Radioactive ruthenium detected in the air throughout Europe in late September 2017 poses no risk to the health of people or the environment.
Trace levels of ruthenium-106 have been detected on air monitoring networks throughout most of Europe. ARPANSA and other international organisations have modelled air movement and estimate the origin of the release to be in the Ural Mountains, in a region between Russia and Kazakhstan.
Rutheniun-106 has a half-life of 374 days. After one year only half would remain. Ruthenium-106 is typically produced by nuclear fission and is found in nuclear reactors. It’s used in medicine for cancer radiation therapy and has been used to power satellites.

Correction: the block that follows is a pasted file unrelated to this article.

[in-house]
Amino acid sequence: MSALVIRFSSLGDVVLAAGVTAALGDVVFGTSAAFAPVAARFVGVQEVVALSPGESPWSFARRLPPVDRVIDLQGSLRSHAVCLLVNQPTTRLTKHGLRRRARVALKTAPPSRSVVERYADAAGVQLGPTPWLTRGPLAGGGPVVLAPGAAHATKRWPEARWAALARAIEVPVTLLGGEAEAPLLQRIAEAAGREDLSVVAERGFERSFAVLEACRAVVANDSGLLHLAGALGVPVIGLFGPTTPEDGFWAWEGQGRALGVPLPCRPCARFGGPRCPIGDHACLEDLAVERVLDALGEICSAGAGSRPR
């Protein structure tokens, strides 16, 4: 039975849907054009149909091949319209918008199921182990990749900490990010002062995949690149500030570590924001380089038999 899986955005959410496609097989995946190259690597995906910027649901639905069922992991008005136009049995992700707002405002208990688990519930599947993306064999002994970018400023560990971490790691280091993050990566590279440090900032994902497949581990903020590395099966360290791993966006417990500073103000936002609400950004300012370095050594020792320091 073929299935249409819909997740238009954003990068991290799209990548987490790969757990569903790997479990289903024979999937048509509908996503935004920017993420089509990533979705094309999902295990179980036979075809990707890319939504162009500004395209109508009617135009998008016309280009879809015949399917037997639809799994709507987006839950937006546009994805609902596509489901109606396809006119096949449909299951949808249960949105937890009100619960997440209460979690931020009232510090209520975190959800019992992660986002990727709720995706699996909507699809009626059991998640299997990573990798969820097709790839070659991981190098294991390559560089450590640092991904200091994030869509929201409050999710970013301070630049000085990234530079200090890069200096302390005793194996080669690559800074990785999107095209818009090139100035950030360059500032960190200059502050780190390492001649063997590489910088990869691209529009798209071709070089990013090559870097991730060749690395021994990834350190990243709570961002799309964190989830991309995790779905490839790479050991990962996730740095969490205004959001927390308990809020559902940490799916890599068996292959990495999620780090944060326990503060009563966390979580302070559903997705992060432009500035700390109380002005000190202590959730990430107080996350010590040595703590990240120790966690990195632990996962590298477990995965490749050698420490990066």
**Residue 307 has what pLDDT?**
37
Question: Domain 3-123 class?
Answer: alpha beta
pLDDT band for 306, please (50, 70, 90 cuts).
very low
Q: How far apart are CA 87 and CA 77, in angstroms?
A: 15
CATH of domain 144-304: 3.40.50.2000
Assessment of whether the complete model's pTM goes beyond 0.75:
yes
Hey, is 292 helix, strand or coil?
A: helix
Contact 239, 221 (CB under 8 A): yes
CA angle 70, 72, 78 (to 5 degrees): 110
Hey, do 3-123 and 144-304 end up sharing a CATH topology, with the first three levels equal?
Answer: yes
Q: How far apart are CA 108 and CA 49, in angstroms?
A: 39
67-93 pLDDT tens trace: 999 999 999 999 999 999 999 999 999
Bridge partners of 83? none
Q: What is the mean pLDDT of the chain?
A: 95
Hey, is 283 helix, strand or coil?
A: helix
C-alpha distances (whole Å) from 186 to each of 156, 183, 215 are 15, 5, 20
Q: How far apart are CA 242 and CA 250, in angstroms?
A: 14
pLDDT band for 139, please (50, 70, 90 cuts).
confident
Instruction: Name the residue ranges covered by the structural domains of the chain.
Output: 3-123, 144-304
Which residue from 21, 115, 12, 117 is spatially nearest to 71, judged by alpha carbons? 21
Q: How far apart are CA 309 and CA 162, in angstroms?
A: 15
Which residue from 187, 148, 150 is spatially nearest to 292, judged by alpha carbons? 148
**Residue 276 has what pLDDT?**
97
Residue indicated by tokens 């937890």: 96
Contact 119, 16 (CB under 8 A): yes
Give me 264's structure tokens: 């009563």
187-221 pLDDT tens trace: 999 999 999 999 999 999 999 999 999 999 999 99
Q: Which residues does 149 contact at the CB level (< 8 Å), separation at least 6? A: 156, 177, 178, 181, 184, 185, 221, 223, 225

The origin of the ruthenium-106 is still unknown. A nuclear power plant accident can be ruled out because such accidents release many different kinds of radionuclides. Only ruthenium-106 was detected.
ARPANSA modelling of air movement predicts that ruthenium-106 from this event will not be detectable in Australia. ARPANSA continuously monitors the air for radioactive material throughout Australia as part of the global Comprehensive Nuclear Test Ban Treaty network.
The chance of imported food being contaminated is very low and would pose no risk to health if consumed. Similar advice has been issued in Europe.